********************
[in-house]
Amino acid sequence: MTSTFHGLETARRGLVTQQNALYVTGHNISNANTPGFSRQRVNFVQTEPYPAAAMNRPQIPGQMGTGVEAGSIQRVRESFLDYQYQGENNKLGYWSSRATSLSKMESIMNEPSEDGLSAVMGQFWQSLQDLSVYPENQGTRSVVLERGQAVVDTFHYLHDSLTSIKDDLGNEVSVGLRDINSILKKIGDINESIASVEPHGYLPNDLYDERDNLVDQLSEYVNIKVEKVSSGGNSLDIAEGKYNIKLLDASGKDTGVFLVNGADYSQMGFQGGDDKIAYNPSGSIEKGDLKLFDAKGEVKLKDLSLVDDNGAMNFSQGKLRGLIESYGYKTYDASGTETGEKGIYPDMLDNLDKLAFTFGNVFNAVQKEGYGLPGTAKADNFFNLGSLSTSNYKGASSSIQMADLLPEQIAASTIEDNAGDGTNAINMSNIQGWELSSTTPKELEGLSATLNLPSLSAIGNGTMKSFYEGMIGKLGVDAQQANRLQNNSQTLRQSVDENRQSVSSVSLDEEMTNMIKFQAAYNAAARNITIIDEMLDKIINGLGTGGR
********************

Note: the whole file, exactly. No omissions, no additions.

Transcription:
[in-house]
Amino acid sequence: MTSTFHGLETARRGLVTQQNALYVTGHNISNANTPGFSRQRVNFVQTEPYPAAAMNRPQIPGQMGTGVEAGSIQRVRESFLDYQYQGENNKLGYWSSRATSLSKMESIMNEPSEDGLSAVMGQFWQSLQDLSVYPENQGTRSVVLERGQAVVDTFHYLHDSLTSIKDDLGNEVSVGLRDINSILKKIGDINESIASVEPHGYLPNDLYDERDNLVDQLSEYVNIKVEKVSSGGNSLDIAEGKYNIKLLDASGKDTGVFLVNGADYSQMGFQGGDDKIAYNPSGSIEKGDLKLFDAKGEVKLKDLSLVDDNGAMNFSQGKLRGLIESYGYKTYDASGTETGEKGIYPDMLDNLDKLAFTFGNVFNAVQKEGYGLPGTAKADNFFNLGSLSTSNYKGASSSIQMADLLPEQIAASTIEDNAGDGTNAINMSNIQGWELSSTTPKELEGLSATLNLPSLSAIGNGTMKSFYEGMIGKLGVDAQQANRLQNNSQTLRQSVDENRQSVSSVSLDEEMTNMIKFQAAYNAAARNITIIDEMLDKIINGLGTGGR